FIGURE 2. The optimization of HMGS assay for H. pylori detection. (A) The HMGS assay result showed specific gene from left to right was as follow: ureC, 16S rRNA, vacA m2, 23S rRNA_A, beta-globin, cagA, luxS, vacA s1, and oipA. (B) The targets genes from left to right are as follow: ureC, 16S rRNA, pbp1A, vacA m2, 23S rRNA_A, iceA2, beta-globin, cagA, luxS, rdxA_C, vacA s1, gyrA_C, and oipA. Note that the specific genes pbp1A, iceA2, and gyrA_C showed up and all the intensity of amplification signals for target genes moderated to the middle range after optimization.
HMGS Assay is Specific for H. pylori Identification
The H. pylori standard strain ATCC43504 showed specific amplification signals of H. pylori identification genes 16S rRNA and ureC (Figure 3A), while other six control bacterial species including C. jejuni, E. coli, P. aeruginosa, A. baumannii, S. maltophilia, K. pneumoniae, and ddH2O did not produce any signals that would indicate non-specific amplification (Figures 3B–F). Furthermore, the control bacteria mix did not display any H. pylori specific signals, while the control mix with H. pylori showed all the specific signals (Figures 3H,I). The above results demonstrated that the newly established and optimized HMGS assay was highly specific for H. pylori identification. The limit of sensitivity for HMGS simultaneous detection of all genes using 21 primer pairs was 6.25 × 10-3 ng/μL while over 80% of genes were still above the detection limit at 3.125 × 10-3 ng/μL dilution of H. pylori DNA diluted in PBS.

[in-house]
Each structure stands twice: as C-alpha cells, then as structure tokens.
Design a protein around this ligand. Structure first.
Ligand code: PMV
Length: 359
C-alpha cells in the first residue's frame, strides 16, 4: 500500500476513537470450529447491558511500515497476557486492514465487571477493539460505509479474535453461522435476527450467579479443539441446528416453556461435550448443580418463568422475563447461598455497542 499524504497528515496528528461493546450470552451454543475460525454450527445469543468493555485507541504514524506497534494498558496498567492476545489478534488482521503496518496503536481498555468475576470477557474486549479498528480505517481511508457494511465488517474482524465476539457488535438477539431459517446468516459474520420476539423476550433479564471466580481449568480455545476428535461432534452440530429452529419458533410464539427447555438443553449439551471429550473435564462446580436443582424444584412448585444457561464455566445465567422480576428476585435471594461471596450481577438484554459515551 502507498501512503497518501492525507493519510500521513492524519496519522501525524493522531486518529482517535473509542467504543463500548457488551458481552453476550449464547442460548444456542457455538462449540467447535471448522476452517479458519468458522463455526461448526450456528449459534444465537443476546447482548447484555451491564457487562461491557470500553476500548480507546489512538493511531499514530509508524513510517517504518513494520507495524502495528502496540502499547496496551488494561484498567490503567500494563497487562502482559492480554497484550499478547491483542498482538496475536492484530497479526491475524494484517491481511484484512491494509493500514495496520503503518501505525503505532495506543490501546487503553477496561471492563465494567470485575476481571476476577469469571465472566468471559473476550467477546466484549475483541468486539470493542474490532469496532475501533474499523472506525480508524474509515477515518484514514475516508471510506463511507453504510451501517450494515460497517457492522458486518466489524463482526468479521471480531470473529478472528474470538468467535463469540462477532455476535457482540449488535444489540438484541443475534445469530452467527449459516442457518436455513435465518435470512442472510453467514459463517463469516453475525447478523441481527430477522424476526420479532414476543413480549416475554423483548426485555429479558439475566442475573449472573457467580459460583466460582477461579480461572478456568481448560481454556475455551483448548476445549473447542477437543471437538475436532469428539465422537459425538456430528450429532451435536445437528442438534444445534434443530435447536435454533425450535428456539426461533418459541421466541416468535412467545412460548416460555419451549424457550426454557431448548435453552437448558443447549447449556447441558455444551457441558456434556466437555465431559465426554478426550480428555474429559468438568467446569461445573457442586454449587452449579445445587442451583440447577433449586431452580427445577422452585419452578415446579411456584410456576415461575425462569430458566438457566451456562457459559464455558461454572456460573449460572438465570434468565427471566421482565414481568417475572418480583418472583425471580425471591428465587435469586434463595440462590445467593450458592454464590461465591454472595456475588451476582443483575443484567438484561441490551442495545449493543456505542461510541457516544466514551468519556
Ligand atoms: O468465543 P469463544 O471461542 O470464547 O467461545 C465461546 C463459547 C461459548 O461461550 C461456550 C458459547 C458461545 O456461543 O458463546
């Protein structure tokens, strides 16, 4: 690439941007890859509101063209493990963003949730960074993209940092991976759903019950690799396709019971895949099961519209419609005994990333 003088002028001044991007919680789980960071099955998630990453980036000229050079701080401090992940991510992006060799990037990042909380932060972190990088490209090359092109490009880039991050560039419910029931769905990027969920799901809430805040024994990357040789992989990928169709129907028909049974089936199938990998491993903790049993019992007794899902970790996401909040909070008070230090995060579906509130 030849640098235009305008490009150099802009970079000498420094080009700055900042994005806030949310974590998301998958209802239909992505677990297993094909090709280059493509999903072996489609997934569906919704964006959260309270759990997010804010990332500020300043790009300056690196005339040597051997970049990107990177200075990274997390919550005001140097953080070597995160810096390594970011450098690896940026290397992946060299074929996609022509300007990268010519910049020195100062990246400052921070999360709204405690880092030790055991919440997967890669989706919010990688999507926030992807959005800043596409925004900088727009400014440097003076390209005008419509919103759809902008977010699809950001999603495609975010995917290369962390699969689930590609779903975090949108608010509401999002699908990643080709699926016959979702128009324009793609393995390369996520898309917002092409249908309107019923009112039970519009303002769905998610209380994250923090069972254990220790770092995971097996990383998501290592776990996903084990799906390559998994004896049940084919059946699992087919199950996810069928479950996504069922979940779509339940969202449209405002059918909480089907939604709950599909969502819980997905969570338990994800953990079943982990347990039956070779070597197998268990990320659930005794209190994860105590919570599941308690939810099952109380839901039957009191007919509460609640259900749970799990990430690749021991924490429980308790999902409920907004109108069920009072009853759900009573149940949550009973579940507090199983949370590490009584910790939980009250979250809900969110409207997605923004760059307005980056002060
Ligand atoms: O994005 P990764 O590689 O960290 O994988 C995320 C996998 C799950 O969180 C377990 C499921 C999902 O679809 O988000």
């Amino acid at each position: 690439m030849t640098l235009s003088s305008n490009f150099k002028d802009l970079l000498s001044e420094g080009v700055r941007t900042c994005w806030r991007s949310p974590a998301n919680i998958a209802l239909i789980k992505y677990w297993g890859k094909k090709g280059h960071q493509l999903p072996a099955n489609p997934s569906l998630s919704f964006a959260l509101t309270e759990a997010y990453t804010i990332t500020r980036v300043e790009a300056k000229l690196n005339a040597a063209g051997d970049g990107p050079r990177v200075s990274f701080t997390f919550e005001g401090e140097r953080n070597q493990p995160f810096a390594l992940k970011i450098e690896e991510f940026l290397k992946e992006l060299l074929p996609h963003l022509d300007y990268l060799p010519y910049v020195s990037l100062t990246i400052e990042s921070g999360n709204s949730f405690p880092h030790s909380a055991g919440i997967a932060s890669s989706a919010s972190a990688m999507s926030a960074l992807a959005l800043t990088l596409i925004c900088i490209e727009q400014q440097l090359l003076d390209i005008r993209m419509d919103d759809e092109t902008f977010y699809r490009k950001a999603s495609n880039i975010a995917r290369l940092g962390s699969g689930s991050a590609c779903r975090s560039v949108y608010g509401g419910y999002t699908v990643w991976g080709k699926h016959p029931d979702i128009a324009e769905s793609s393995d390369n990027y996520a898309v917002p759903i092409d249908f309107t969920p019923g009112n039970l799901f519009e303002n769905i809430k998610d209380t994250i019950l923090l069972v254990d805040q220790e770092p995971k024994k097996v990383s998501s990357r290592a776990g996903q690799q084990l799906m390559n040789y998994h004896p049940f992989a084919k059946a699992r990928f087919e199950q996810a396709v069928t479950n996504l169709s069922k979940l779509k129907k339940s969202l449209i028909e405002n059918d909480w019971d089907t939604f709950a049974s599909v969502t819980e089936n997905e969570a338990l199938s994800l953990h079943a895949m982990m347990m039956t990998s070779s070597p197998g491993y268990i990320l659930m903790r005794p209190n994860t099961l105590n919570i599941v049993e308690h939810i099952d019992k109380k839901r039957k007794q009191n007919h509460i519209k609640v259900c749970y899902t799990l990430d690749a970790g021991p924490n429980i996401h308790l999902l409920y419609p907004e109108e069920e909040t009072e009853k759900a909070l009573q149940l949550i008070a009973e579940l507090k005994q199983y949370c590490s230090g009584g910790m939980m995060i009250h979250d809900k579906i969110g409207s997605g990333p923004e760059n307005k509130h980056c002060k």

FIGURE 3. The specificity of the HMGS assay. (A) The standard H. pylori strain (ATCC43504) was used as positive control. (B) C. jejuni, (C) E. coli, (D) P. aeruginosa, (E) A. baumannii, (F) S. maltophilia, (G) K. pneumoniae, (H) control mix, (I) control mix and H. pylori, and (J) ddH2O were used as controls. 16S rRNA had a specific peak at 146 bp and ureC had a specific peak at 137 bp for standard H. pylori strain. No specific peak was found in all negative controls. The peaks in (B) to (H) and (J) around 60 bp were primer dimers, excluded according to the standards provided by the manufacturer.